Erkki Melartin (7 February 1875, Käkisalmi – 14 February 1937, Pukinmäki) was a Finnish composer and pupil of Martin Wegelius from 1892 to 1899 in Helsinki, and Robert Fuchs from 1899 to 1901 in Vienna. He shares birth and death years with the composer Maurice Ravel.
As well as composing, Melartin also taught and directed music at the Helsinki Music College, later the Helsinki Conservatory. As conductor of the Vyborg Orchestra in 1908–11, and despite chronic health problems, Melartin toured extensively (as far as North Africa and India), conducting the first performance of Gustav Mahler's music in Scandinavia, a movement of the Resurrection symphony in 1909 (see the Finnish Music Information Centre link.)
Although Melartin was chiefly a lyricist, the symphony was central to his musical output. He wrote six symphonies (1902–1924) and was the first Finnish composer to bear Mahler's influence. The fourth symphony uses a vocalise like that of Carl Nielsen's Sinfonia Espansiva. The fifth is a Sinfonia brevis ending in a fugue and chorale, while the sixth, harmonically more advanced than the other five, advances stepwise from a C minor first movement – with evocations of Mahler's second symphony – to an E-flat major finale. His musical output also includes an opera, Aino (based on the character from the Finnish national epic), a violin concerto, four string quartets, and many piano pieces. His works therefore are divided mainly into large-scale works for orchestra, and chamber pieces for much smaller groups and soloists. In spite of working in the same time period as Jean Sibelius, he was not influenced by the more famous composer's style, and subsequently his work has been largely overshadowed by Finland's most revered composer.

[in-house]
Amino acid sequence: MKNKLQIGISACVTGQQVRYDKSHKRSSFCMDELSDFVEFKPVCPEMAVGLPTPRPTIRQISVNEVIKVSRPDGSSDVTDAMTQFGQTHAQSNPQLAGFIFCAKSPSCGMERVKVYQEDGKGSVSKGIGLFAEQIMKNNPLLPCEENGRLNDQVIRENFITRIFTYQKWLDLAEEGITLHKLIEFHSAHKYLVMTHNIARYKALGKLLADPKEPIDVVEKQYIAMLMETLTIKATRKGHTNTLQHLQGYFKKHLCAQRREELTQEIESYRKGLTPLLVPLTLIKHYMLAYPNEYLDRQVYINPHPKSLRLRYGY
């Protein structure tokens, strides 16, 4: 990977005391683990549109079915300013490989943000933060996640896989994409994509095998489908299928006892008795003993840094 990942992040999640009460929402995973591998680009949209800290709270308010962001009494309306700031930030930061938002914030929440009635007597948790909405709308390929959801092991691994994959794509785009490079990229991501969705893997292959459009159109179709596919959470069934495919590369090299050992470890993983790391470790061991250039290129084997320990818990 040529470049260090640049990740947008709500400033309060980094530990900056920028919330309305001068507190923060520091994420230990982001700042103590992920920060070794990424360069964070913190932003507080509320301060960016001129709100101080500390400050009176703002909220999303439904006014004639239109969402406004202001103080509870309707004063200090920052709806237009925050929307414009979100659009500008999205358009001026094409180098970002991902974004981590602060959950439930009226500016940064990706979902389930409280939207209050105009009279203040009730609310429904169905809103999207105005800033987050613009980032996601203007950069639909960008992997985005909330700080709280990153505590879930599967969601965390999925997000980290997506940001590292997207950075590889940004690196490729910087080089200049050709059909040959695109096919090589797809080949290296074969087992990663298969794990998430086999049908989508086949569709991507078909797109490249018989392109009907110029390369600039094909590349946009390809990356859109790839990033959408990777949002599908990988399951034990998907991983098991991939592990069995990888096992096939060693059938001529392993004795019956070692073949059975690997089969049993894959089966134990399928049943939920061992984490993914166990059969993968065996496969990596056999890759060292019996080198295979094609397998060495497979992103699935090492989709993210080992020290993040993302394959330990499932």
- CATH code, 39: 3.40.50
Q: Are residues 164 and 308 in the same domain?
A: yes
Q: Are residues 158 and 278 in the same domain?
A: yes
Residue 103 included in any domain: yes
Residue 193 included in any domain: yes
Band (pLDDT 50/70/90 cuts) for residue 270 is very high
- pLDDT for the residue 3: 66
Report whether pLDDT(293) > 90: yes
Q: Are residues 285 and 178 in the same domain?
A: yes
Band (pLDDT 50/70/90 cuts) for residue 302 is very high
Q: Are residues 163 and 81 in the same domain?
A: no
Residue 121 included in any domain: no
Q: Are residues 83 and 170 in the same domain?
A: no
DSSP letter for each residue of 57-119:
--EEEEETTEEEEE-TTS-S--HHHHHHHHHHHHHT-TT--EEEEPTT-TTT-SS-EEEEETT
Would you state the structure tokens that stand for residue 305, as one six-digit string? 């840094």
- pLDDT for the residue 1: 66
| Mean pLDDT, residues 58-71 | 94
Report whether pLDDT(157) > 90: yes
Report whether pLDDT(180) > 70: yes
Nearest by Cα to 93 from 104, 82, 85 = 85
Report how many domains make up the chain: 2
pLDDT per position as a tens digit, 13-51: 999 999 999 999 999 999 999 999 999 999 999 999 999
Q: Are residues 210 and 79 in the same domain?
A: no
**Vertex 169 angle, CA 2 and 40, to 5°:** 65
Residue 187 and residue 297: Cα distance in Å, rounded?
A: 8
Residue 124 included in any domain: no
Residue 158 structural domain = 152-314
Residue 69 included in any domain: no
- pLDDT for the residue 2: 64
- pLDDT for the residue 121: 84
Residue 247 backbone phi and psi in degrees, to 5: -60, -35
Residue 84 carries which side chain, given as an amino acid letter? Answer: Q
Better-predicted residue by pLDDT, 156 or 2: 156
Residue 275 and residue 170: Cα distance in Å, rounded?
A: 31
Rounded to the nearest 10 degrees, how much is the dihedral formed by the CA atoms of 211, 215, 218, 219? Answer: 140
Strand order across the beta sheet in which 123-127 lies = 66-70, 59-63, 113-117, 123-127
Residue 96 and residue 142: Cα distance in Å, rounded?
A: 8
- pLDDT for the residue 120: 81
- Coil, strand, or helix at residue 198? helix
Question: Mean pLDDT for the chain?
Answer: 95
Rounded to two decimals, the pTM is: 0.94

The Juhlamarssi (Festive March) from his ballet Sleeping Beauty is the most popular wedding march in Finland.